Line 1, the first of the hexagram, represents the time immediately after the successful achievement of the enterprise it denotes;—the time for resting and being quiet. For a season, at least, all movement should be hushed. Hence we have the symbolism of a driver trying to stop his carriage, and a fox who has wet his tail, and will not tempt the stream again.
Line 2 is weak, and in its proper place. It also has the strong correlate 5; and might be expected to be forward to act. But it occupies its correct and central place, and suggests the symbol of a lady whose carriage has lost its screen. She will not advance further so soon after success has been achieved; but keep herself hidden and retired. Let her not try to find the screen. When it is said that she will find this 'after seven days,' the meaning seems to be simply this, that the period of Kî Žî will then have been exhausted, the six lines having been gone through, and a new period, when action will be proper, shall have commenced.
The strong line 3, at the top of the lower trigram, suggests for its subject one undertaking a vigorous enterprise. The writer thinks of Kâo Žung, the sacrificial title of Wû Ting, one of the ablest sovereigns of the Shang dynasty (B. C. 1364-1324), who undertook an expedition against the barbarous hordes of the cold and bleak regions north of the Middle States. He is mentioned again under the next hexagram. He appears also in the Shû, IV, ix, and in the Shih, IV, iii, ode 5. His enterprise may have been good, and successful, but it was tedious, and the paragraph concludes with a caution.
Line 4 is weak, and has advanced into the trigram. for water. Its subject will be cautious, and prepare for evil, as in the symbolism, suggested probably by the nature of the trigram.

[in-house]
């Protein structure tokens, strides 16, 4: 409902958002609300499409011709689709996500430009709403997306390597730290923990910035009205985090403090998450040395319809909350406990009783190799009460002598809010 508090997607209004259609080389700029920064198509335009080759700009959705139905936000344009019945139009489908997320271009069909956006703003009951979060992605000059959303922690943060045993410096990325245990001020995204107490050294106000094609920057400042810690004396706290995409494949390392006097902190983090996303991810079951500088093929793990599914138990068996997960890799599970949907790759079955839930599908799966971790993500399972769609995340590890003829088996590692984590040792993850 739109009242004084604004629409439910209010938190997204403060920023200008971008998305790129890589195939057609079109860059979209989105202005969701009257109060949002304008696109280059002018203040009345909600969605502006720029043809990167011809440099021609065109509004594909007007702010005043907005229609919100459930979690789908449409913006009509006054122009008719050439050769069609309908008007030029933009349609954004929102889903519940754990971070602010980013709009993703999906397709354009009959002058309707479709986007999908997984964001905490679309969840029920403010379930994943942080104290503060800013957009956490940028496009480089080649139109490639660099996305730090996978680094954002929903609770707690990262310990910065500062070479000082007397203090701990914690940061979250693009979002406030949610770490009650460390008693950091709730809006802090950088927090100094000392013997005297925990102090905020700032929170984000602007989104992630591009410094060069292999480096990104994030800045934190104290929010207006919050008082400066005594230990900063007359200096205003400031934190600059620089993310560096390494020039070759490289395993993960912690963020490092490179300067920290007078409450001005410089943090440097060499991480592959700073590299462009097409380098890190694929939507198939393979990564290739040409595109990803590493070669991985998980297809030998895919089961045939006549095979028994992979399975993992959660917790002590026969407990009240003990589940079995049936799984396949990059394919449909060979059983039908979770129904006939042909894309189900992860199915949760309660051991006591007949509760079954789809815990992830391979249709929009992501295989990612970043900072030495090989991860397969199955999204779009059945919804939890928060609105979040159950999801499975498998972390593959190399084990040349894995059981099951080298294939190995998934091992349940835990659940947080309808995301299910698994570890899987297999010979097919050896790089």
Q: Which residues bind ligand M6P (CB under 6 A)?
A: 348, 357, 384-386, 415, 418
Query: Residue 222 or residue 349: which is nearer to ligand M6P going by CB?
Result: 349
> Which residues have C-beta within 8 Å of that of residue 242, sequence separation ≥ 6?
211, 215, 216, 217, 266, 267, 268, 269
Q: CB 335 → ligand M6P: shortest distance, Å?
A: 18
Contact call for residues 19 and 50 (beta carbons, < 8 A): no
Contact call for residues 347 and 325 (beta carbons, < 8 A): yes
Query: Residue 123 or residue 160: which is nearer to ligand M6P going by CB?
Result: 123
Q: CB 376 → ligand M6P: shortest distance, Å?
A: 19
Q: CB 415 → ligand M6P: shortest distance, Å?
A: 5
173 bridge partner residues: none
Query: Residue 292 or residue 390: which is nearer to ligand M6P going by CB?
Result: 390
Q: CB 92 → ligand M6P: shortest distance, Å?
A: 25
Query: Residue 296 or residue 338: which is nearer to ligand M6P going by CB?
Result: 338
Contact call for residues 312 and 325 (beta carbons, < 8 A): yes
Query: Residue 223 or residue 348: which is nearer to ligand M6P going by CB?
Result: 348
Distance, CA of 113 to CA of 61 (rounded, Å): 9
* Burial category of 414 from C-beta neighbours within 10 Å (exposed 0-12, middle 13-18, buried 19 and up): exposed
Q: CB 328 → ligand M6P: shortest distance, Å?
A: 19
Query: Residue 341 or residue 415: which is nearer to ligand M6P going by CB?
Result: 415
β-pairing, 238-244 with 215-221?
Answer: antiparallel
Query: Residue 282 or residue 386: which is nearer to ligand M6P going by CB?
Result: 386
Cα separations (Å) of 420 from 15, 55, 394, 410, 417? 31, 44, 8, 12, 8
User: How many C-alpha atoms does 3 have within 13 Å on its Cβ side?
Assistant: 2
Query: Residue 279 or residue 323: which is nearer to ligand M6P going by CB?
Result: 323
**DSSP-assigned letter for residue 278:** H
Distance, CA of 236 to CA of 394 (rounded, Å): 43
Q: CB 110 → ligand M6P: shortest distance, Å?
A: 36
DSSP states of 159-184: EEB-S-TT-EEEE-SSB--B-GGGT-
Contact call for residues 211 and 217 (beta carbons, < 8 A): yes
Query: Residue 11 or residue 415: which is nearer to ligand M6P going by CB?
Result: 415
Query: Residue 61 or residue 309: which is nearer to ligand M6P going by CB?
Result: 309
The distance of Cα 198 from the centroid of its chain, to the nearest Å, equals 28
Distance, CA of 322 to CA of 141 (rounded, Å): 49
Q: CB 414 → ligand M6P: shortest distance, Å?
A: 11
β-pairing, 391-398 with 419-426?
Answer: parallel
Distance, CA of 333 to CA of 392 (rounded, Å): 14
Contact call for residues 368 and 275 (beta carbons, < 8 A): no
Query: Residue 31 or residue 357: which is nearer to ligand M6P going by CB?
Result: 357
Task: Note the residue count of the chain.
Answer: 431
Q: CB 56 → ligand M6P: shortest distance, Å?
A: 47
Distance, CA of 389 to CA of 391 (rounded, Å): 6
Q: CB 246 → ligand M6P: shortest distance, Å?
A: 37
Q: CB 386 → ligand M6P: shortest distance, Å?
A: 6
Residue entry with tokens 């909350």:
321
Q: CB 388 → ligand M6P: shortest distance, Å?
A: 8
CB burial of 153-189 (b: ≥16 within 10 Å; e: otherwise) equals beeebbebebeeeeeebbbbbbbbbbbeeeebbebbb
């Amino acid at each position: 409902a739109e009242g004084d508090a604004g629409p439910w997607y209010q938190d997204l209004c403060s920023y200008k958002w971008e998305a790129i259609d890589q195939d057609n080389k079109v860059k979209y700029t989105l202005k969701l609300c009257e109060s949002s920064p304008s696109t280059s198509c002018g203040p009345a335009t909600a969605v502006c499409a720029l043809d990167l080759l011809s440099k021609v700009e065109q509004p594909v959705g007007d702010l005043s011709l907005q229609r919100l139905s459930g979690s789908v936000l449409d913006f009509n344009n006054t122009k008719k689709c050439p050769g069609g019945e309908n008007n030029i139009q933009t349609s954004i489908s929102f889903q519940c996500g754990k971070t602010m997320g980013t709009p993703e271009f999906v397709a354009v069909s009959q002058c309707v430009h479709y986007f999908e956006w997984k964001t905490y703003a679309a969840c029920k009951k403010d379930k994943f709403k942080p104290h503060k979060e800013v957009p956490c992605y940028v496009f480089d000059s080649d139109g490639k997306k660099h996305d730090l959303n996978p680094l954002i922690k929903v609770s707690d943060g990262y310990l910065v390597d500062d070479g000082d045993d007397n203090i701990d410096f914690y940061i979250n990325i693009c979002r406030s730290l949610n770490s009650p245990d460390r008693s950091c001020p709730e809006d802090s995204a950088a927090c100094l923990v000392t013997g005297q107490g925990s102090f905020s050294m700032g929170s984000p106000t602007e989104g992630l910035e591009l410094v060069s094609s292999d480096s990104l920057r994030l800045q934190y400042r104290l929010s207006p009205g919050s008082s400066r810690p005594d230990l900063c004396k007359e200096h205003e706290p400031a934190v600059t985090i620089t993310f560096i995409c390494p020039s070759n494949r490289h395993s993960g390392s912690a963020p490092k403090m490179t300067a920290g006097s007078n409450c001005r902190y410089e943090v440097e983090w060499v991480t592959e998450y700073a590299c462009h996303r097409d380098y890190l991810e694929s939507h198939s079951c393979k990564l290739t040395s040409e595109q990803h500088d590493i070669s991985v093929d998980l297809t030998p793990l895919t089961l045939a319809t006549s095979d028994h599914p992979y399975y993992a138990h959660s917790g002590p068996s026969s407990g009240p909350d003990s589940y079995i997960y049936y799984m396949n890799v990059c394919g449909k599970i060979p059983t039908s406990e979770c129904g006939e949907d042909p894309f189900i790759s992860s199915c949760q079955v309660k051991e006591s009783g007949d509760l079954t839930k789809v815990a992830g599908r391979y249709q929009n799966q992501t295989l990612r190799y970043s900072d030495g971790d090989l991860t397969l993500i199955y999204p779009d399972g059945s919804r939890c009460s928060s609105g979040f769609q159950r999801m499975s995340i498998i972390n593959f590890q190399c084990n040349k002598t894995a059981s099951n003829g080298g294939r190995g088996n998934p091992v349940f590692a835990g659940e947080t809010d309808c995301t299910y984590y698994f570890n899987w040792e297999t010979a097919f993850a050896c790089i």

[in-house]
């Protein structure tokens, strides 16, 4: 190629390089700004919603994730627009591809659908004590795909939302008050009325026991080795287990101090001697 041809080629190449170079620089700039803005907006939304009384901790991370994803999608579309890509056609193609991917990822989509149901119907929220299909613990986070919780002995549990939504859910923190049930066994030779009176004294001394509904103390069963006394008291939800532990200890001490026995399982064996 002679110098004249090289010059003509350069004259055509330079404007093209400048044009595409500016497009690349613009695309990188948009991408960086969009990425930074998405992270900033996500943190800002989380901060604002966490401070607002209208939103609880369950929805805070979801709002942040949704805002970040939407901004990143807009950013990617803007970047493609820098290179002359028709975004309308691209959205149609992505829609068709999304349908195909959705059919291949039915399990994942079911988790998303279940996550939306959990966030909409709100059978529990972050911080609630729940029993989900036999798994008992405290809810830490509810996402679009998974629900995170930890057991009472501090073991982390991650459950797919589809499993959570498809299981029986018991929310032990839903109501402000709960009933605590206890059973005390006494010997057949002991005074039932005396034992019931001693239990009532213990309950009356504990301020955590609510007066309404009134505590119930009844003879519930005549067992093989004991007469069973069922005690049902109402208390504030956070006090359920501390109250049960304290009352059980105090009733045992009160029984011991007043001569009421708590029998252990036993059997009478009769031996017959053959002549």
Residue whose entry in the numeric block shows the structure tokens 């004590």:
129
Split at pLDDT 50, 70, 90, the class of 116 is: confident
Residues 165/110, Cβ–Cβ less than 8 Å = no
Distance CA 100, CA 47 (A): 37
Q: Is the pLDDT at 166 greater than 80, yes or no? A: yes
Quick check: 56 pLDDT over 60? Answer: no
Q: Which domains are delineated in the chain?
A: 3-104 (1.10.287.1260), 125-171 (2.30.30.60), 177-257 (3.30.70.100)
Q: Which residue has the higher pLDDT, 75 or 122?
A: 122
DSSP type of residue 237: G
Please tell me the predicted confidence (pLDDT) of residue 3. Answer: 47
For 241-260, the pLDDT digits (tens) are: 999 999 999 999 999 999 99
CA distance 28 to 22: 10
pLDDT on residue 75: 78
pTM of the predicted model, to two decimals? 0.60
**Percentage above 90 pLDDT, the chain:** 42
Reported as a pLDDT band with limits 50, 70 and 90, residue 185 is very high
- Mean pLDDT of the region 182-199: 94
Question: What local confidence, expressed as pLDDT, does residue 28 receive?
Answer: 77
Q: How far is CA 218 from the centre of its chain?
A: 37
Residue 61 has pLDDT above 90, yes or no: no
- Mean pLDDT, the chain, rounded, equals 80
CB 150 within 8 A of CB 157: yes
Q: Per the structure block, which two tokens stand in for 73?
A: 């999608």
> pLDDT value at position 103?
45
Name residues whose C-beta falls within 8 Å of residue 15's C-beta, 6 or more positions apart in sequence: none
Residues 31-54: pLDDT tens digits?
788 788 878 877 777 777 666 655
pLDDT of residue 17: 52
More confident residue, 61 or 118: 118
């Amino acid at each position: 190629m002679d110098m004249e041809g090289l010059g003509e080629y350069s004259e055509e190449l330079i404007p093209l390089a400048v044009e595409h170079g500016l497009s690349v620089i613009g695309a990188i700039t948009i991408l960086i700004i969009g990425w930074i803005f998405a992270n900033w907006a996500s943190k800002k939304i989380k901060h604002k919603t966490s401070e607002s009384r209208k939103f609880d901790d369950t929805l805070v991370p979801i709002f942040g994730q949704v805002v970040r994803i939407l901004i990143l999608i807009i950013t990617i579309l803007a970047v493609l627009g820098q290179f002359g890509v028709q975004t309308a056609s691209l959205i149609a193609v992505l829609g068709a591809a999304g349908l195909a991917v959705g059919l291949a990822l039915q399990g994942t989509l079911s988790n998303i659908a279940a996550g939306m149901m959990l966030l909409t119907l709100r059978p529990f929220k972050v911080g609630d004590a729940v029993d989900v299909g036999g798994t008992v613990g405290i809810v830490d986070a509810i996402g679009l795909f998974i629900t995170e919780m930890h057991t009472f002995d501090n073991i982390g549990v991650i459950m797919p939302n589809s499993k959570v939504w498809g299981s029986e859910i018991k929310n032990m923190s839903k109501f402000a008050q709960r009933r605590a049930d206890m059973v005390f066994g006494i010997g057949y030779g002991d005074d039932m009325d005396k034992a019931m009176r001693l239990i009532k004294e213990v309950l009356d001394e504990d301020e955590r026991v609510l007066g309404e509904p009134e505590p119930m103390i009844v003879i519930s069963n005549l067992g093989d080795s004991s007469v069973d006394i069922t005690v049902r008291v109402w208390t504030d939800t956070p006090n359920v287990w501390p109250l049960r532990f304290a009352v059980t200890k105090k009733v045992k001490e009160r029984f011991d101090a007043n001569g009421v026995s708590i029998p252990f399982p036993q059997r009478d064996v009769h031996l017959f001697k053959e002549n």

'The neighbour in the East' is the subject of line 5, and 'the neighbour in the West' is the subject of the correlate 2, the former quarter being yang and the latter yin. Line 5 is strong, and 2 is weak; but weakness is more likely to be patient and cautious than strength. They are compared to two men sacrificing. The one presents valuable offerings; the other very poor ones. But the second excels in sincerity, and his small offering is the more acceptable.
The topmost line is weak, and on the outmost edge of Khân, the trigram, of peril. His action is violent and perilous, like that one attempting to cross a ford, and being plunged overhead into the water.
App-1-2:LXIII For paragraphs 1 and 2, see the note on the Text of the Thwan.
It is difficult to see the concatenation in paragraph 3 between the sentiment of the Thwan and the nature of the second line. The Khang-hsî editors compare this hexagram and the next with 11 and 12, observing that the goodness of Thâi (11) is concentrated, as here, in the second line.
The sentiment of paragraph 4 is that which we have often met with,—that things move on with a constant process of change. Disorder succeeds to order, and again order to disorder.
App-2-2:LXIII Water and fire coming together as here, fire under the water, each element occupies its proper place, and their interaction will be beneficial. Such is the common explanation of the Great Symbolism; but the connexion between it and the application of it, which also is good in itself, is by no means clear.
The notes on the different lines present nothing that has not been dealt with in the notes on the Text.